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 Table of Contents    
LETTERS TO EDITOR
Year : 2020  |  Volume : 64  |  Issue : 6  |  Page : 527-528  

Opioids during coronary interventions in cath lab – Need reconsideration?


Department of Cardiac Anesthesiology, Artemis Hospitals, Gurugram, Haryana, India

Date of Submission15-Apr-2020
Date of Decision27-Apr-2020
Date of Acceptance03-May-2020
Date of Web Publication01-Jun-2020

Correspondence Address:
Dr. Monish S Raut
Department of Cardiac Anesthesiology, Artemis Hospitals, Gurugram - 122 001, Haryana
India
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Source of Support: None, Conflict of Interest: None


DOI: 10.4103/ija.IJA_403_20

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How to cite this article:
Raut MS, Hanjoora VM. Opioids during coronary interventions in cath lab – Need reconsideration?. Indian J Anaesth 2020;64:527-8

How to cite this URL:
Raut MS, Hanjoora VM. Opioids during coronary interventions in cath lab – Need reconsideration?. Indian J Anaesth [serial online] 2020 [cited 2020 Jul 7];64:527-8. Available from: http://www.ijaweb.org/text.asp?2020/64/6/527/285531



Sir,

Patient presenting with chest pain and acute coronary syndrome is rushed to the cardiac catheterisation lab for percutaneous coronary interventions and receives opioids such as morphine for pain relief. This is a very common scenario in routine clinical practice. However, recent studies have seriously questioned the peri-procedural use of opioids with adverse cardiac events.

A post-hoc subanalysis from the EARLY ACS (Early Glycoprotein IIb/IIIa Inhibition in Patients With Non-ST-Segment Elevation Acute Coronary Syndrome) trial is recently published. In this trial, 5438 patients were administered clopidogrel before undergoing percutaneous coronary intervention (PCI) and 11.3% of these patients received morphine prior to the procedure. Patients receiving clopidogrel and morphine showed higher rates of ischaemic events at day 4 [adjusted odds ratio (OR), 1.40; P = 0.026 and higher rates of death or myocardial infarction at 30 days. In this trial, 3462 patients did not recieve clopidogrel, and the use of morphine in these patients was not related with raised ischaemic events at 96 h or any increase in myocardial infarction or death at 30 days.[1]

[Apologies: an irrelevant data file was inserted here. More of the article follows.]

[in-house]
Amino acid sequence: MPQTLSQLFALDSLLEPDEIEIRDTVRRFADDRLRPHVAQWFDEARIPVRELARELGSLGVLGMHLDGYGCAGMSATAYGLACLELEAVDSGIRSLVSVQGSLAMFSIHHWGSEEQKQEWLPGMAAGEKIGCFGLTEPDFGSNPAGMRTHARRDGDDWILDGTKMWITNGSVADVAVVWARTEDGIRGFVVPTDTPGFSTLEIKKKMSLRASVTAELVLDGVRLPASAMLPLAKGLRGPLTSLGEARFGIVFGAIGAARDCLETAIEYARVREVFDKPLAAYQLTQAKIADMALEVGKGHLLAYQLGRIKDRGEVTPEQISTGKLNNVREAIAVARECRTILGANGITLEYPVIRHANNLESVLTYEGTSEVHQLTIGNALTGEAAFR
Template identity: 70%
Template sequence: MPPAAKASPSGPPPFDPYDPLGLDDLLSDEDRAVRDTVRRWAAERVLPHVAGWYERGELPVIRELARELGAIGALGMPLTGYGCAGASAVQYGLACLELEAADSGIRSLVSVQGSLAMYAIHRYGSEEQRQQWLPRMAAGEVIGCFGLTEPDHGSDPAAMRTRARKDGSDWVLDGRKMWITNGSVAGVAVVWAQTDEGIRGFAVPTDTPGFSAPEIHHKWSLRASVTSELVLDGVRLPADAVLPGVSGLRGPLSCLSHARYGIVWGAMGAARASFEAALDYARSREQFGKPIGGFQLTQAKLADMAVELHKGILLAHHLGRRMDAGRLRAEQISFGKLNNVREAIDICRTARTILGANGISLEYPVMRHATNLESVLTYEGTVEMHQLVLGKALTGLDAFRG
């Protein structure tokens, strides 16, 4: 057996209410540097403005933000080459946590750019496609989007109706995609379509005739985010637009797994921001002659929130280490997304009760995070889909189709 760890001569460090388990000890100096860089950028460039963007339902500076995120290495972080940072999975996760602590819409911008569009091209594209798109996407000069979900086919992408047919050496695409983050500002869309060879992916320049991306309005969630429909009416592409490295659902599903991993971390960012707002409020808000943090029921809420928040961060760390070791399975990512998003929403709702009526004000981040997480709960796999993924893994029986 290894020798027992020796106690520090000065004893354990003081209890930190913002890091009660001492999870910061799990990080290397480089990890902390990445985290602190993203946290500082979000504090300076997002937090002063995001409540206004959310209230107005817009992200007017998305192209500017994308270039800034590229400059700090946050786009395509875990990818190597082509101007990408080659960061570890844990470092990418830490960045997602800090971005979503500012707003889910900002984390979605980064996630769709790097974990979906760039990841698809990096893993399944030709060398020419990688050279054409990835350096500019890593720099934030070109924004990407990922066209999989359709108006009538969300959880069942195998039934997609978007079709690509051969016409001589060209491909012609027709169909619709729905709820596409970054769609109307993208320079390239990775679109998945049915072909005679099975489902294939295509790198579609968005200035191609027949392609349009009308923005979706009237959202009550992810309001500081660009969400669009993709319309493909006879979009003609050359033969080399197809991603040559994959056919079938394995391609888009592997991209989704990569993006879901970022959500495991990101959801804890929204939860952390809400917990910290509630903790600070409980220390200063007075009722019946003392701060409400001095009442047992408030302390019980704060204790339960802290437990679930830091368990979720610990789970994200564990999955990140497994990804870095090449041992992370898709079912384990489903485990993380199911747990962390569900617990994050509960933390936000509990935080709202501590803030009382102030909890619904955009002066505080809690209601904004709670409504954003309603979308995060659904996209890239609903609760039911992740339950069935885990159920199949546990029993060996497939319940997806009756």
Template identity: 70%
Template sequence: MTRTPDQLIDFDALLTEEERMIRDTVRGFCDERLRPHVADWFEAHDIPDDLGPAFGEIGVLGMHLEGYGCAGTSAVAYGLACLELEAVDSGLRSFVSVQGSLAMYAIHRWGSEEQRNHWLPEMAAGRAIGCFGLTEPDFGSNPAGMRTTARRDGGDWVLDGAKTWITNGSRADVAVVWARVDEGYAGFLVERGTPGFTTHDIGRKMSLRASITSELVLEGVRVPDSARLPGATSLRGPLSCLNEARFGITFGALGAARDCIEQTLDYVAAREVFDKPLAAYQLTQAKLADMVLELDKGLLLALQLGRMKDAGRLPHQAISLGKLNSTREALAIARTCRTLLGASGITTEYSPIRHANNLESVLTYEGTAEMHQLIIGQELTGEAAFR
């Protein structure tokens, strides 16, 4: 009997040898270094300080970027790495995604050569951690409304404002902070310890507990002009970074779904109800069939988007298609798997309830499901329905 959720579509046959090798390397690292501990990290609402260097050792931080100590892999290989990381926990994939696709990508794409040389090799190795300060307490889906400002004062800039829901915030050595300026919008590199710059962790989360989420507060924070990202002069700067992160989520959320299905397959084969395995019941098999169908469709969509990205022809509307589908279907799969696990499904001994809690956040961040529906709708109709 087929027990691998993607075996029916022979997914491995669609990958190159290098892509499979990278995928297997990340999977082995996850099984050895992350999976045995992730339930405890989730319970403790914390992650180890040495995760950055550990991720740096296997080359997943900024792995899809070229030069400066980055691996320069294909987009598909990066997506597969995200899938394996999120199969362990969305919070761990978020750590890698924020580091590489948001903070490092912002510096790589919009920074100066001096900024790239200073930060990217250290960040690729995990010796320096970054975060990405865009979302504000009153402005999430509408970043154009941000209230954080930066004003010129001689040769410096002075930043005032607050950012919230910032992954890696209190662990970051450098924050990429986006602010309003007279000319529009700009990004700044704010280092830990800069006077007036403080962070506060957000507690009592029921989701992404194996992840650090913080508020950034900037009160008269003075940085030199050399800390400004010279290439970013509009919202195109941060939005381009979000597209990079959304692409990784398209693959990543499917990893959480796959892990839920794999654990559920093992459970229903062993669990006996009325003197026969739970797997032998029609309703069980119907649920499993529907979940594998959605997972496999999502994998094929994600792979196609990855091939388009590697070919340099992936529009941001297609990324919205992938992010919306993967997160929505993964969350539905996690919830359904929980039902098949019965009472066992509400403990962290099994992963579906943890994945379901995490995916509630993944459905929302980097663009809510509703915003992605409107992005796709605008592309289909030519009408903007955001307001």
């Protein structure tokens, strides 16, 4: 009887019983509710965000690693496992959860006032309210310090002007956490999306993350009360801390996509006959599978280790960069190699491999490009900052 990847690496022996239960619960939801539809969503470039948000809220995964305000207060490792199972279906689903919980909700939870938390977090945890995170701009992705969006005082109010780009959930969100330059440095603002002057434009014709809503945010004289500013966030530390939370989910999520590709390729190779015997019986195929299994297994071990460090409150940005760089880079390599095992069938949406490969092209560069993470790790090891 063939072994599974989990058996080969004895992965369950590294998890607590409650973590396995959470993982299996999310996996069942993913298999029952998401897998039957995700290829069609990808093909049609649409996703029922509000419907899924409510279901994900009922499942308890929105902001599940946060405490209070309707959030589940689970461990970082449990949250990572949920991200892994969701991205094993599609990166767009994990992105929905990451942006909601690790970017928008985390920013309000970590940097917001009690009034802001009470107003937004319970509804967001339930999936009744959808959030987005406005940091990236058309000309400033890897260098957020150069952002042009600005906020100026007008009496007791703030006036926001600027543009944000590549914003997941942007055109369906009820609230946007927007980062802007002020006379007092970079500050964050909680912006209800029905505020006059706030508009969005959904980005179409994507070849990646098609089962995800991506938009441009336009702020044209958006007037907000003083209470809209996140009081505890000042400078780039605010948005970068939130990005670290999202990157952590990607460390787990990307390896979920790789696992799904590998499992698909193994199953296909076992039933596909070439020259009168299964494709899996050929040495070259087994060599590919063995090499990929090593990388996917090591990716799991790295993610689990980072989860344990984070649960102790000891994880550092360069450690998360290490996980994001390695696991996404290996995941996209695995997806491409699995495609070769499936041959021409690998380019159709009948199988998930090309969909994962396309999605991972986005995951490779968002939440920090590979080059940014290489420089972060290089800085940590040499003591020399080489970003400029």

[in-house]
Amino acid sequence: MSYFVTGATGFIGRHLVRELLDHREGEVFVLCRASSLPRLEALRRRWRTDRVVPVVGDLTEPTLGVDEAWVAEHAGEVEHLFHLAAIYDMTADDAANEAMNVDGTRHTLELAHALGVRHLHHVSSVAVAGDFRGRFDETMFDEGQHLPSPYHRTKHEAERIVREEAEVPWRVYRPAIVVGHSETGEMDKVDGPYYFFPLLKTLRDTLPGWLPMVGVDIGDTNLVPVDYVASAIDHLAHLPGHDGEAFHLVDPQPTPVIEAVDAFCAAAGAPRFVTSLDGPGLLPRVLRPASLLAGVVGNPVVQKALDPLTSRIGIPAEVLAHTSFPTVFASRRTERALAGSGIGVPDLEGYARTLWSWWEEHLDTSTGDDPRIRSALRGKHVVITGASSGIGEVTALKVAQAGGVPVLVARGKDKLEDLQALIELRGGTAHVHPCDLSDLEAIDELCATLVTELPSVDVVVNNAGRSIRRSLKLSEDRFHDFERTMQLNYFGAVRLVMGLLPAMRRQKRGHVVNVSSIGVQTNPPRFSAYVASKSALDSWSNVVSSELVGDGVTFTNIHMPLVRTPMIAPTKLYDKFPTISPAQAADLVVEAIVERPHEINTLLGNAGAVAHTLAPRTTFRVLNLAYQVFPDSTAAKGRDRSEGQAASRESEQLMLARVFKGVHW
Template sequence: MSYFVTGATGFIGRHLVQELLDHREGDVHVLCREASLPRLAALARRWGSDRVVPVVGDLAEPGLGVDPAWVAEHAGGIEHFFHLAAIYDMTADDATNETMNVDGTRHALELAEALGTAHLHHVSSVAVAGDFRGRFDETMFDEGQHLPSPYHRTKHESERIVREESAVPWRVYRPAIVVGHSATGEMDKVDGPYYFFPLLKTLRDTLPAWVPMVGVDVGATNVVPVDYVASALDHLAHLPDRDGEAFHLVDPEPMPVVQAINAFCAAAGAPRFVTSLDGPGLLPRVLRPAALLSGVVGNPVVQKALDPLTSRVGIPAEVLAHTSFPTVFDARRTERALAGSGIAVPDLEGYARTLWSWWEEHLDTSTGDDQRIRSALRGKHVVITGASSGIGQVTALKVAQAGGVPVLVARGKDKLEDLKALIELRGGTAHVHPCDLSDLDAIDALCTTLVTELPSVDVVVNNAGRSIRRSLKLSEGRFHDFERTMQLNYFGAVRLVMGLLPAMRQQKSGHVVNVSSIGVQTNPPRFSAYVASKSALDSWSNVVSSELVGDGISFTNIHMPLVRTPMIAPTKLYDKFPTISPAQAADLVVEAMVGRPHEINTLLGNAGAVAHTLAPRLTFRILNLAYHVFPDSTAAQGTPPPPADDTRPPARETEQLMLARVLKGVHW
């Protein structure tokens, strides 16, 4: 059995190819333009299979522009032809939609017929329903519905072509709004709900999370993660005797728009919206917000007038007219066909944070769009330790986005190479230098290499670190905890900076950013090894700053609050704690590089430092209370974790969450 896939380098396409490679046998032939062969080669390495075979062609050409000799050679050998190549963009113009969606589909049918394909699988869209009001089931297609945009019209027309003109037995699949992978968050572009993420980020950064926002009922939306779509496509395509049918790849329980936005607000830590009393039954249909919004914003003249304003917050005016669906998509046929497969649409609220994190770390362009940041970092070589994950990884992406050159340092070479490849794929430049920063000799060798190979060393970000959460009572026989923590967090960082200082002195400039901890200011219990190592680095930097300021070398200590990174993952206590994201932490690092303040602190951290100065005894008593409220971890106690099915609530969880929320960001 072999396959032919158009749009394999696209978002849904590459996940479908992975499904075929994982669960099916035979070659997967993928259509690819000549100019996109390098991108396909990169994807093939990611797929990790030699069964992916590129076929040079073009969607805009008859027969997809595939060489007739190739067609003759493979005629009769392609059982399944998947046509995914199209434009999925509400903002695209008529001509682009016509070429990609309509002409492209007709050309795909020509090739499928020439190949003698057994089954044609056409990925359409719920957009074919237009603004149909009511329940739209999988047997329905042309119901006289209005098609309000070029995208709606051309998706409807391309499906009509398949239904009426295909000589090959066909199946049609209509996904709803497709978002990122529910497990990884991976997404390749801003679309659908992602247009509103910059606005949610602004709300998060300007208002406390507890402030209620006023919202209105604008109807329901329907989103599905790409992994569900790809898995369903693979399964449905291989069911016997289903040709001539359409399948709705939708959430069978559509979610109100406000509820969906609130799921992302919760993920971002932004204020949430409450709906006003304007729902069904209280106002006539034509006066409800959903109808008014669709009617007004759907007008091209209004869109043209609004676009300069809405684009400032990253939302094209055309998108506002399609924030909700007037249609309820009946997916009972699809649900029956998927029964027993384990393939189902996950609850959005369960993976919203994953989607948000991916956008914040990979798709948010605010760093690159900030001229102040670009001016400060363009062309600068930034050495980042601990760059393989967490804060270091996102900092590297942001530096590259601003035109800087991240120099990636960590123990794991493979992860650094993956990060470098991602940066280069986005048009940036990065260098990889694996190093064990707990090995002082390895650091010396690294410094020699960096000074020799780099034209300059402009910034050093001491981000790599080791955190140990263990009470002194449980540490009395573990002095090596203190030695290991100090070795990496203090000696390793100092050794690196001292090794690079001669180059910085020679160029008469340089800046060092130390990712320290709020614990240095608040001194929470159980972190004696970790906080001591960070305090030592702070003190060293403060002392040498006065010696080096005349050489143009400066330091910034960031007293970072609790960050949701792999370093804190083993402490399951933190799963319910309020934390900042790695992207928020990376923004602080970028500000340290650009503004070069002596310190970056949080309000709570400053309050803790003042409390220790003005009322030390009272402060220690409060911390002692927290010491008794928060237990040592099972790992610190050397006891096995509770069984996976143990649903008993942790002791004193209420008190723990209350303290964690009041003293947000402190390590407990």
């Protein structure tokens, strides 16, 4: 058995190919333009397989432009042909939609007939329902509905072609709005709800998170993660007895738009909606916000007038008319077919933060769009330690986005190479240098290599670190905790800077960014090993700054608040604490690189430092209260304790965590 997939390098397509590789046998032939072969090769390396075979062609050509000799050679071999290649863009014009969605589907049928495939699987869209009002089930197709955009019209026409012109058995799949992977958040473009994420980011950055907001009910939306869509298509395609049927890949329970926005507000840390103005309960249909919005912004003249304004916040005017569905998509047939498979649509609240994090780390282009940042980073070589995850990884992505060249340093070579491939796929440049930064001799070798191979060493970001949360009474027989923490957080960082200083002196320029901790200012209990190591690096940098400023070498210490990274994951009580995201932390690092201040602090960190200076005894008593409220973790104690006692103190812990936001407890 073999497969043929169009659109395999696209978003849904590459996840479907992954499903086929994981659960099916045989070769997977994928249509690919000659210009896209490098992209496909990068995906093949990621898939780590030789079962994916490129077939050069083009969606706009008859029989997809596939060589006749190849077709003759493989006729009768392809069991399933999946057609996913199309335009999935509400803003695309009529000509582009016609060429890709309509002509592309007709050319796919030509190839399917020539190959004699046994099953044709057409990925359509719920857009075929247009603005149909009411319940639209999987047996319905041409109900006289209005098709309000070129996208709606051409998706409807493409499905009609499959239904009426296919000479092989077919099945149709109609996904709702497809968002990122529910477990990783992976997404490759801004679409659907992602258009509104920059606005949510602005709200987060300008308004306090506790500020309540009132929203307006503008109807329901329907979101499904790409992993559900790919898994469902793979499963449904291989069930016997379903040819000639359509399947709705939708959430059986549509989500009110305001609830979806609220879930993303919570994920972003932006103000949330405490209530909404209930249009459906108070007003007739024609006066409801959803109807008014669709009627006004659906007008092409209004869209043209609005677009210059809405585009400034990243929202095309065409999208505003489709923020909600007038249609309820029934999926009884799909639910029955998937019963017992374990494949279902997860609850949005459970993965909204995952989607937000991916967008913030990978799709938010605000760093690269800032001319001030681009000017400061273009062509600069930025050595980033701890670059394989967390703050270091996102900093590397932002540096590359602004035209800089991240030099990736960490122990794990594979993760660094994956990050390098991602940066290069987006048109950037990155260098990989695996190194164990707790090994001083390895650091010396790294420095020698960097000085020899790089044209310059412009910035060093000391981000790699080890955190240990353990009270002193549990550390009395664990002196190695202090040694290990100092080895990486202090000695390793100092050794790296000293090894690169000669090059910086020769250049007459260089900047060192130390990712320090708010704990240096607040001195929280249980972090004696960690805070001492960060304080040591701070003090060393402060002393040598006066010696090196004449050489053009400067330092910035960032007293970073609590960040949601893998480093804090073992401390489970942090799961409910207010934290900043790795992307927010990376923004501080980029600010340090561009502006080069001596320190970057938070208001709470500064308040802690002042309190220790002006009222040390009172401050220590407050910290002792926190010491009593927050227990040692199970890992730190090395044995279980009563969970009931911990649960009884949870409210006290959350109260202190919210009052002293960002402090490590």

Similarly, single-centre, randomised PACIFY trial (Platelet Aggregation With Ticagrelor Inhibition and Fentanyl) showed that fentanyl administration reduces the plasma concentrations of ticagrelor and retards its antiplatelet effects.[2],[3] Previously also few studies indicated the possibility of malabsorption of clopidogrel after morphine use and reduces P2Y12 inhibition.[4],[5] PERSEUS (Platelet Inhibition after Pre-hospital Ticagrelor using Fentanyl compared to Morphine in patients with ST-segment elevation Myocardial Infarction undergoing Primary Percutaneous Coronary Intervention) is a prospective, single-centre, open-label, randomised controlled trial is presently undergoing. This study includes the patients treated with ticagrelor and undergoing primary PCI. Platelet reactivity will be assessed in patients randomised to receive fentanyl versus morphine.[6]

Drugs such as P2Y12 inhibitors - clopidogrel, ticagrelor and prasugrel are entirely absorbed through intestine. Opioids slow the gastric emptying into small intestine. This can effectively trap these antiplatelet drugs within stomach till the opioid effect subsides and gastrointestinal peristaltic movement improves. Recent evidences suggest that this pharmacodynamic interaction between opioids and oral antiplatelet drugs can have serious clinical implications.

Adequate and optimal analgesia for acute pain cannot be neglected or unaddressed. At the same time, ineffective oral P2Y12 inhibitors in presence of opioid may potentially risk the patient to catastrophic acute stent thrombosis.

What should be our balanced strategies to be implemented in such cases?


   Can We Modify or Opt for Different Antiplatelet Regime? Top


Concurrent administration of opioids creates a dangerous window of about 8 h between the intake of oral P2Y12 inhibitor and its onset of action. Intravenous cangrelor or GP IIb/IIIa antagonist (high-dose bolus tirofiban followed by a 6-h infusion) can be potentially useful to cover this window. Subcutaneous enoxaparin with 6 h regimen effectively prohibits thrombin-induced platelet activation and can be considered as a good option. The subcutaneous P2Y12 inhibitor selatogrel can be helpful in future owing to its longer half-life than cangrelor and ease of administration. Repeat loading dose of oral antiplatelet drug after 6 to 8 h of the last dose of opioids has also been suggested to optimise therapeutic levels of antiplatelet effect.